Patients Diagnosed in Childhood Might Evolve toward Latency on a Normal Diet
    Celiac.com 05/23/2007 - The results of a study recently published in the journal Gut indicate that some people who suffer from celiac disease might not need to remain on a gluten free diet for their entire lives, and that some celiac patients might be able to safely introduce gluten containing foods without suffering a relapse.
    Previous Studies Showing Positive Response to Wheat Introduction in Patients with Celiac Disease are Promising, But Incomplete
    Several studies have shown that some patients diagnosed with celiac disease in childhood were able to remain on a gluten-containing diet after gluten challenge without suffering a relapse. However, most of these studies included a small number of patients, or followed the patients for only a short period after gluten was reintroduced into their diets.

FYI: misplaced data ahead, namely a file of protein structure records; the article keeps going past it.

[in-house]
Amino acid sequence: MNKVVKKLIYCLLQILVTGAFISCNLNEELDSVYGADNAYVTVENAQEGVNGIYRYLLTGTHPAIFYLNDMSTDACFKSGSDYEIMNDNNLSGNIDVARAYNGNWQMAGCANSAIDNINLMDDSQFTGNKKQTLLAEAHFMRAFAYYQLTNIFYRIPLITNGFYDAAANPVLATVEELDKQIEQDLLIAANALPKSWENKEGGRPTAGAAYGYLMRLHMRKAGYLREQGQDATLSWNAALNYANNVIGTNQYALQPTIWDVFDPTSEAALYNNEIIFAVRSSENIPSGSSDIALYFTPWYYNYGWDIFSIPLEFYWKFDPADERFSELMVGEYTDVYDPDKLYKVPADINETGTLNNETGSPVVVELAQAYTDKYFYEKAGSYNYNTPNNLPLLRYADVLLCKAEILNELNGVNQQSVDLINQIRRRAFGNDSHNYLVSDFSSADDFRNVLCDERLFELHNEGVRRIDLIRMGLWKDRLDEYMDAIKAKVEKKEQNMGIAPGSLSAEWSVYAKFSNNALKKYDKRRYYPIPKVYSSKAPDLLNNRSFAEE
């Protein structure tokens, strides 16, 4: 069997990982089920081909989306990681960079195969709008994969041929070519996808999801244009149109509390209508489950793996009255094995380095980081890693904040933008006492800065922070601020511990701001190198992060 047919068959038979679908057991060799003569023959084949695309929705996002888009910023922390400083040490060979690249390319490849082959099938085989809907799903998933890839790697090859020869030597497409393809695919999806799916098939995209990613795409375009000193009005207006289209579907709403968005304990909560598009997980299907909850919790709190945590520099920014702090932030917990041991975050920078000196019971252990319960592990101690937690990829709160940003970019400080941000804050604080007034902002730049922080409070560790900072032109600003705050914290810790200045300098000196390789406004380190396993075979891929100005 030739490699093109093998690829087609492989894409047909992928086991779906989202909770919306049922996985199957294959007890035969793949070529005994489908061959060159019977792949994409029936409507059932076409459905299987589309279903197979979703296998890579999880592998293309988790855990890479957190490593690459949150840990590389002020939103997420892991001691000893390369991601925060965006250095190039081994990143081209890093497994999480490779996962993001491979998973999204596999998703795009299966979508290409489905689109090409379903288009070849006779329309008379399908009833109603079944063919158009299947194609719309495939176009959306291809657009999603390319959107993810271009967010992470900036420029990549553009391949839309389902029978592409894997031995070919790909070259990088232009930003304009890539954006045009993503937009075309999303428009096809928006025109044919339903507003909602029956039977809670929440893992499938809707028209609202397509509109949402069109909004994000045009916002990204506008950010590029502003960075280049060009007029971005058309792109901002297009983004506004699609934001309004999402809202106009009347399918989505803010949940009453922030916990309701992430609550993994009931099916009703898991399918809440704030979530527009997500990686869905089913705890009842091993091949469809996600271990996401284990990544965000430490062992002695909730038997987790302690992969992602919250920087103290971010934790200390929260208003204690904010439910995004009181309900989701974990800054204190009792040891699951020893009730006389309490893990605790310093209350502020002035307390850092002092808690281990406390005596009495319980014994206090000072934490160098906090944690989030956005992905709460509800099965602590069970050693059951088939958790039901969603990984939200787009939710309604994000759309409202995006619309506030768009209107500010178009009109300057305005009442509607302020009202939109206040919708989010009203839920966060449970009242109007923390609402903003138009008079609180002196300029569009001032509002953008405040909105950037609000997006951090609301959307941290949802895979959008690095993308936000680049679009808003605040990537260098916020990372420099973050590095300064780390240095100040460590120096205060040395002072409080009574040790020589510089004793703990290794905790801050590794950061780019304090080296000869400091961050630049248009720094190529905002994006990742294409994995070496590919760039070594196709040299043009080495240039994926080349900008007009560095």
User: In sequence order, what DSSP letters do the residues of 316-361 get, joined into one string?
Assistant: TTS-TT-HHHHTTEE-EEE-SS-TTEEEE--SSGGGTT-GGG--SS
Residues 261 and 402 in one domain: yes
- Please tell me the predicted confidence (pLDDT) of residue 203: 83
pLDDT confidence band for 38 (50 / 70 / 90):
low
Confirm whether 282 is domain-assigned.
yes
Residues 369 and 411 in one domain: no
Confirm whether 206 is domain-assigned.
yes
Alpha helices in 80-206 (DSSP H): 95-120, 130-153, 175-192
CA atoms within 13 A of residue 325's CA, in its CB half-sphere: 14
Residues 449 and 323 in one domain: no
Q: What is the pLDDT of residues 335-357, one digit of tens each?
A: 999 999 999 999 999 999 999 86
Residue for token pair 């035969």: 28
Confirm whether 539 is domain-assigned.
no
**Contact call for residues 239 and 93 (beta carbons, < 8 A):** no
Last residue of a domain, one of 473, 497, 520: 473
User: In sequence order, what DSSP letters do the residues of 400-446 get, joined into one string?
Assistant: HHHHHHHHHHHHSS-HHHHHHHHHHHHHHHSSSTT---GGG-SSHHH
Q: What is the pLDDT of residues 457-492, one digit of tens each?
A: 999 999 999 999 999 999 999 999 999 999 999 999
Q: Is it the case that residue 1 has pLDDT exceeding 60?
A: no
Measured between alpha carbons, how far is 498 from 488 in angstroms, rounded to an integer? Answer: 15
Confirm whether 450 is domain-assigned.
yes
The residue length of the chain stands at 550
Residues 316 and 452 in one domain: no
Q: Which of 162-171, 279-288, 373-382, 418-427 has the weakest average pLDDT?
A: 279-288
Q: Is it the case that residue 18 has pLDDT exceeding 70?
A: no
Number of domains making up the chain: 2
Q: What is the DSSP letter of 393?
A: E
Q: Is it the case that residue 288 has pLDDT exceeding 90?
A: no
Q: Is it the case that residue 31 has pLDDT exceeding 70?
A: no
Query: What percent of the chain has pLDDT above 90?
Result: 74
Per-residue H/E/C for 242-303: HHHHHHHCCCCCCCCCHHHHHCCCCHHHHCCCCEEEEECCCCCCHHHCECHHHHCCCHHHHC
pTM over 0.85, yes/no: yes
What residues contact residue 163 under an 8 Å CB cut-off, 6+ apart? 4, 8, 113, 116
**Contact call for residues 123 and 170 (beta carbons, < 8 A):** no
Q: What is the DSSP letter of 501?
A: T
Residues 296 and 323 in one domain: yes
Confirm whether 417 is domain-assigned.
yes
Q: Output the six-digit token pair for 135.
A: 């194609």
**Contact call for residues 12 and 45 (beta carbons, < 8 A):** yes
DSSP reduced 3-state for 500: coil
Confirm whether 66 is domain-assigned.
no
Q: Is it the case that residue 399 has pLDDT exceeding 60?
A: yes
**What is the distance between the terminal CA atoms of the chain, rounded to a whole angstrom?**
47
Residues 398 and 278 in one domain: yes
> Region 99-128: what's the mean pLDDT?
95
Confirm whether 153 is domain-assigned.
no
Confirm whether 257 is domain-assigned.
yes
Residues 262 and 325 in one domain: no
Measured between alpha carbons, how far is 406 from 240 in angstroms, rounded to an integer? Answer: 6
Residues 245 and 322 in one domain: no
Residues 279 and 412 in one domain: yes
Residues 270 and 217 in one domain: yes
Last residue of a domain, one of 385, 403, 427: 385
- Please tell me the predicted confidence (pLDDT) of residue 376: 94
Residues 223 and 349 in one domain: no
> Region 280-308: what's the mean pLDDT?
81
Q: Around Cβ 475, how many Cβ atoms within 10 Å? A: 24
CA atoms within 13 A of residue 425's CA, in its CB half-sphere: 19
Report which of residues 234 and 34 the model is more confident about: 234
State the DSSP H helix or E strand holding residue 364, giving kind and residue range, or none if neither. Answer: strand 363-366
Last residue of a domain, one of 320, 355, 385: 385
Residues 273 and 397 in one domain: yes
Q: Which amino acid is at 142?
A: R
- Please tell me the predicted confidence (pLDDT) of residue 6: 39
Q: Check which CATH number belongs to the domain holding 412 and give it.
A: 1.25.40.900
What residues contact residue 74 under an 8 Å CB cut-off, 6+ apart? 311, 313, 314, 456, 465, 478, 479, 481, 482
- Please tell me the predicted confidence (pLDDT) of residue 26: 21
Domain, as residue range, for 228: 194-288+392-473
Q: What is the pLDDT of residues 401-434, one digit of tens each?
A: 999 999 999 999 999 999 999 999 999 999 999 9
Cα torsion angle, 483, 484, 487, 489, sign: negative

These previous studies also limited their evaluation largely to assessment of celiac disease serology and histology of duodenal biopsies, and did not attempt to identify what factors might predict the development of tolerance to gluten.
    Determining Long-term Response to Gluten Consumption in Celiac Disease Patients
    A research team made up of doctors Tamara Matysiak-Budnik (1), Georgia Malamut (1,2), Natacha Patey-Mariaud de Serre (3), Etienne Grosdidier (2), Sylvie Seguier (3), Nicole Brousse (3), Sophie Caillat-Zucman (4), Nadine Cerf-bensussan (1), Jacques Schmitz (5) and Christophe Cellier (1,2), set out to determine whether children diagnosed with celiac disease must follow a gluten free diet for life.
    To determine the effects of reintroducing gluten into the diets of celiac patients, the research team set out to monitor the clinical and physical progress of adult celiac patients who had been diagnosed as children, who underwent a gluten challenge, and who were asymptomatic.